Pagans don’t squabble as much now as they used to do, at least in Britain. In my opinion Doreen Valiente – with whom I had a very strong mutual respect and affection – got it right at the beginning, in the 1950s, by recommending that Pagans spread knowledge of their tradition by writing attractive books about it (nowadays, we would add websites and social media), avoiding journalists and publicity stunts. Also important is a sustained, effective Pagan presence at interfaith meetings, cultural events and demonstrations concerning environmental issues.

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The wise counsel Hutton gives above unfortunately flatlines in the face of events like the Saturday, October 20 hexing of U.S. Supreme Court judge Brett Kavanaugh in a Brooklyn bookstore. Whatever our politics, we cannot honestly characterize this as a “sustained, effective Pagan presence”.

Event organizer Dakota Bracciale told Newsweek, “If [the hex] causes suffering and harm and trouble and chaos and mayhem for anyone in the GOP, I’m happy”.

The hex, according to another article in the Independent, was “livestreamed on Facebook and Instagram on Saturday” October 20.

Huffington Post notes, “Kavanaugh will apparently be a focal point for the hex, but not the only target. The public hex is meant to exact revenge on ‘all rapists and the patriarchy at large which emboldens, rewards and protects them,’ a Facebook page dedicated to the event states”.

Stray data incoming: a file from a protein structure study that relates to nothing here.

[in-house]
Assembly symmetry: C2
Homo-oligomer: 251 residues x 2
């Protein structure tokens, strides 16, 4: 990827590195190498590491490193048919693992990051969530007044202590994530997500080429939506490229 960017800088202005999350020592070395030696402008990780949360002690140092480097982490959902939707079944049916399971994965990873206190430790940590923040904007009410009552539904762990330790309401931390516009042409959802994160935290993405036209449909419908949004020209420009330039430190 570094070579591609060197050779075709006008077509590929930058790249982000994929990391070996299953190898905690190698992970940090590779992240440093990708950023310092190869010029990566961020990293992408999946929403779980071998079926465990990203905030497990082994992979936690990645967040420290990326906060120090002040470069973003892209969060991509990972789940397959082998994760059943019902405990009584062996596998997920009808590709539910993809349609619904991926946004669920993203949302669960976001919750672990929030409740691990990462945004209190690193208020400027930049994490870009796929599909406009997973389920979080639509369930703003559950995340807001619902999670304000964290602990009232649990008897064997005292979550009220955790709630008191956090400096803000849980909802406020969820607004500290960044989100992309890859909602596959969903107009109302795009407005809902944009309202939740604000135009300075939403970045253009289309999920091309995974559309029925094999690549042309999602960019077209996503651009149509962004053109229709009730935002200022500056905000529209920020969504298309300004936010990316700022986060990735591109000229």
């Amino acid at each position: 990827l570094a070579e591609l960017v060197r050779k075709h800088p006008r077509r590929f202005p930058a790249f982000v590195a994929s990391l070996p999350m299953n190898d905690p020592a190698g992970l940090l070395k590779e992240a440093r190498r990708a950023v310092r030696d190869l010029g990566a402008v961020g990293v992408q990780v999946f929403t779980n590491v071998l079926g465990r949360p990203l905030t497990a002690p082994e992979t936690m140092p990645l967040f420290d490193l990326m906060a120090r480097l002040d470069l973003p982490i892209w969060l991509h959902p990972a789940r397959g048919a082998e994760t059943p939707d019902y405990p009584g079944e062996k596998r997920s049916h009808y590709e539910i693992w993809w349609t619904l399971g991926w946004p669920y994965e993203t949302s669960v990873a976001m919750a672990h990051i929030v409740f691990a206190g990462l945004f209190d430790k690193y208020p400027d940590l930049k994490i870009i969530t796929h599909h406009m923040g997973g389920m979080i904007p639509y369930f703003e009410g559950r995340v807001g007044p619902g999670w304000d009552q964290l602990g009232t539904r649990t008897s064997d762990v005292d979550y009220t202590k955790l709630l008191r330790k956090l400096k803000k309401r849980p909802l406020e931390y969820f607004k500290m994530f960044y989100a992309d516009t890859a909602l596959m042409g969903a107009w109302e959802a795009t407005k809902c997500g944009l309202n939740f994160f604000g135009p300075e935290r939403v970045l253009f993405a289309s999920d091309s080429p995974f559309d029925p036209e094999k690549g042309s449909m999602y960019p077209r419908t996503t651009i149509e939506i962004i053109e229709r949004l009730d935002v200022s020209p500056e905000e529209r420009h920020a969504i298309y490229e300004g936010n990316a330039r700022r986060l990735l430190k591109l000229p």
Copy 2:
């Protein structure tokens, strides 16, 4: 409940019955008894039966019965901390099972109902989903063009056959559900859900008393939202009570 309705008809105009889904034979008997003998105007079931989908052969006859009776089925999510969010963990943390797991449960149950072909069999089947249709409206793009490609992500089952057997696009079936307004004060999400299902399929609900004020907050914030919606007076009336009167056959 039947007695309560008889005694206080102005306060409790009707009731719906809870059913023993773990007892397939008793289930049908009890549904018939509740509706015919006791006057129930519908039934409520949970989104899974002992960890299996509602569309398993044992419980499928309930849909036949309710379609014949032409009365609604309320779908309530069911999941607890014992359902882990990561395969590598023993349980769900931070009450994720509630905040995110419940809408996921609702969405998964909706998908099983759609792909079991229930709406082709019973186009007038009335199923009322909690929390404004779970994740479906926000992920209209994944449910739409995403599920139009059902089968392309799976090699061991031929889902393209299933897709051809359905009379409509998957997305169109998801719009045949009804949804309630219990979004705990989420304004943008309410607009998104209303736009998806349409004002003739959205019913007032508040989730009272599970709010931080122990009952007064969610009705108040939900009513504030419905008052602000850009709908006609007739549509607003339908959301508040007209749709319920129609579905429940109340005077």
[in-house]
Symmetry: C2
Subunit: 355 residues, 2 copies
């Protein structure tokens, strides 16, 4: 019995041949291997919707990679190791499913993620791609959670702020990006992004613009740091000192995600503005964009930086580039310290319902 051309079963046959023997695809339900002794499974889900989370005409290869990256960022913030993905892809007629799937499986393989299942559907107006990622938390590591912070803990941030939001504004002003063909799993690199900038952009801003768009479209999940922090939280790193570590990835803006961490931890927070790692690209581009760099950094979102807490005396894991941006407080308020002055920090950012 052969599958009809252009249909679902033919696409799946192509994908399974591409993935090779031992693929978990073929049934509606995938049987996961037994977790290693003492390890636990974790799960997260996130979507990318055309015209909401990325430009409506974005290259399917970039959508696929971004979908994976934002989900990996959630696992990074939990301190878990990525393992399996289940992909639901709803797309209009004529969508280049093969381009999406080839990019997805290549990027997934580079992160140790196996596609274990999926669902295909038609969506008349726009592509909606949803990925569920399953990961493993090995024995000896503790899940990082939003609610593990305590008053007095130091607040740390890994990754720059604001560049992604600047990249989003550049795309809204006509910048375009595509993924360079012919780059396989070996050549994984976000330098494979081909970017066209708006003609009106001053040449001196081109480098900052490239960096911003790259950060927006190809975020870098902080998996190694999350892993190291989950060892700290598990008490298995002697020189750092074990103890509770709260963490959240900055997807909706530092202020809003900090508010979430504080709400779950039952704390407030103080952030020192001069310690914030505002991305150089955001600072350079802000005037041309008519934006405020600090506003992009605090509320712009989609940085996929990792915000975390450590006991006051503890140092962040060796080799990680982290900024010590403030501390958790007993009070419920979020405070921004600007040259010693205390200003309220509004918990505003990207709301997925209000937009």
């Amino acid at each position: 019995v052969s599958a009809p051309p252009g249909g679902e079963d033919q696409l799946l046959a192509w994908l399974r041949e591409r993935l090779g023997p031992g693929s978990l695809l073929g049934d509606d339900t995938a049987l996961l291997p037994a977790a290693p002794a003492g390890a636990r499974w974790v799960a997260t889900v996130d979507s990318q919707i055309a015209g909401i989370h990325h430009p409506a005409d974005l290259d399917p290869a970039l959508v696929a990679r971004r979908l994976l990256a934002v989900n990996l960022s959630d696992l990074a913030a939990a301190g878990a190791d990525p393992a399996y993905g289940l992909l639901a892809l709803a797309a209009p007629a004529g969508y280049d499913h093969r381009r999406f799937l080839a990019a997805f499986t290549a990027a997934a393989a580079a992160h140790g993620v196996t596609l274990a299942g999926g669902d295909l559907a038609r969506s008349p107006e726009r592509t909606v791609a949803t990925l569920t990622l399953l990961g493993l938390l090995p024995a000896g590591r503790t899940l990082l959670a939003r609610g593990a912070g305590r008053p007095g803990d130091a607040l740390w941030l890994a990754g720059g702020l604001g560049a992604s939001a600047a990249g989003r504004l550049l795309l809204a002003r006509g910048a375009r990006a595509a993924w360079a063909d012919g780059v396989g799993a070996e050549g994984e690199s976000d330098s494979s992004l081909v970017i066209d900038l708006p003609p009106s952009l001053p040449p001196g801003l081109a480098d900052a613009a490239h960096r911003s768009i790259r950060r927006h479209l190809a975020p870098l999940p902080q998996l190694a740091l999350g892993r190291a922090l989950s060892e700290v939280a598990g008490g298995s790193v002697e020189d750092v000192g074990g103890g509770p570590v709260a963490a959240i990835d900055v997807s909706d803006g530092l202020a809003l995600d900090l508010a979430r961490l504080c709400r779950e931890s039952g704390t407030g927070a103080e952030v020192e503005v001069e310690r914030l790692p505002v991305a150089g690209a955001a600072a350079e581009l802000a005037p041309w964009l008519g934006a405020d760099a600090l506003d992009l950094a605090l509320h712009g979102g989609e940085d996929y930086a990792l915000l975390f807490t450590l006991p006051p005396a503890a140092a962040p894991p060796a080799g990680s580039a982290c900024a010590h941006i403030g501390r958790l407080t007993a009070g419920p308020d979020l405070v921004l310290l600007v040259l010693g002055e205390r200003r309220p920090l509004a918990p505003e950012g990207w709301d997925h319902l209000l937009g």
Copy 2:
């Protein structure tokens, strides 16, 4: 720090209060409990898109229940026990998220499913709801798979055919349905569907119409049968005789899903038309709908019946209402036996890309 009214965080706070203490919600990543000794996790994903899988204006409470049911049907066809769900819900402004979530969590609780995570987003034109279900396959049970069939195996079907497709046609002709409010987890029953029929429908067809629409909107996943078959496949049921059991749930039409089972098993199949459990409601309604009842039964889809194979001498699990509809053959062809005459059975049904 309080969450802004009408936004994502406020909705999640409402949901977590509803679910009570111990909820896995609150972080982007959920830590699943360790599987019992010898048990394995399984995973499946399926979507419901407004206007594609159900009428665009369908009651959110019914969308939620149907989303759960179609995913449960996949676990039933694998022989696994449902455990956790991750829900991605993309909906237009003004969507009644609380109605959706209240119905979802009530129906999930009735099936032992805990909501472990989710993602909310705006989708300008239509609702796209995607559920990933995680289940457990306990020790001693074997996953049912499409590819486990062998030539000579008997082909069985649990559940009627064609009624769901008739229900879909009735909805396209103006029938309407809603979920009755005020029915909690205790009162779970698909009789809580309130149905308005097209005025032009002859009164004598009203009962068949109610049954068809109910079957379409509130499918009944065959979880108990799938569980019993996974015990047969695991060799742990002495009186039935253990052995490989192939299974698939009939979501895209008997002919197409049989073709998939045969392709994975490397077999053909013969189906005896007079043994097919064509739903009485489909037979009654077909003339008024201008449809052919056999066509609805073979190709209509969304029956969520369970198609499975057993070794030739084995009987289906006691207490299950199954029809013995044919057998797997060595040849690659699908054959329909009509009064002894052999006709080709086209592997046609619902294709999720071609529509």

Part of the ritual intent was to provoke and anger those on the right. The brief flurry of sensationalistic reporting from a number of news outlets made this possibly the most successful aspect of the ritual.

Bracciale conceded, “I don’t for a second shelter a hope within me that he [Kavanaugh] would ever have some change of heart and become a human being”.

In  what must be one of the more remarkable assertions of brash naivete and dubious publicity, “If you put it out there, then it’ll happen”, another participant said. “If you watch Oprah, then you know how to do witchcraft”.

Bracciale apparently proclaimed at one point during the ritual, “I will have my justice even if I have to face your jealous God, look Him in his eye and walk backward into Hell”.

The Mercury News recounts how San Jose exorcist and Catholic priest Fr. Gary Thomas offered masses to counter-act the hex. “This is a conjuring of evil — not about free speech”, noted Father Thomas.

Protestors outside the bookstore offered prayers and chants during the ritual. Presumably that also qualifies as “putting it out there” — the fighting of “ritual fire” with fire.

Reuters provided the most nuanced and objective comment: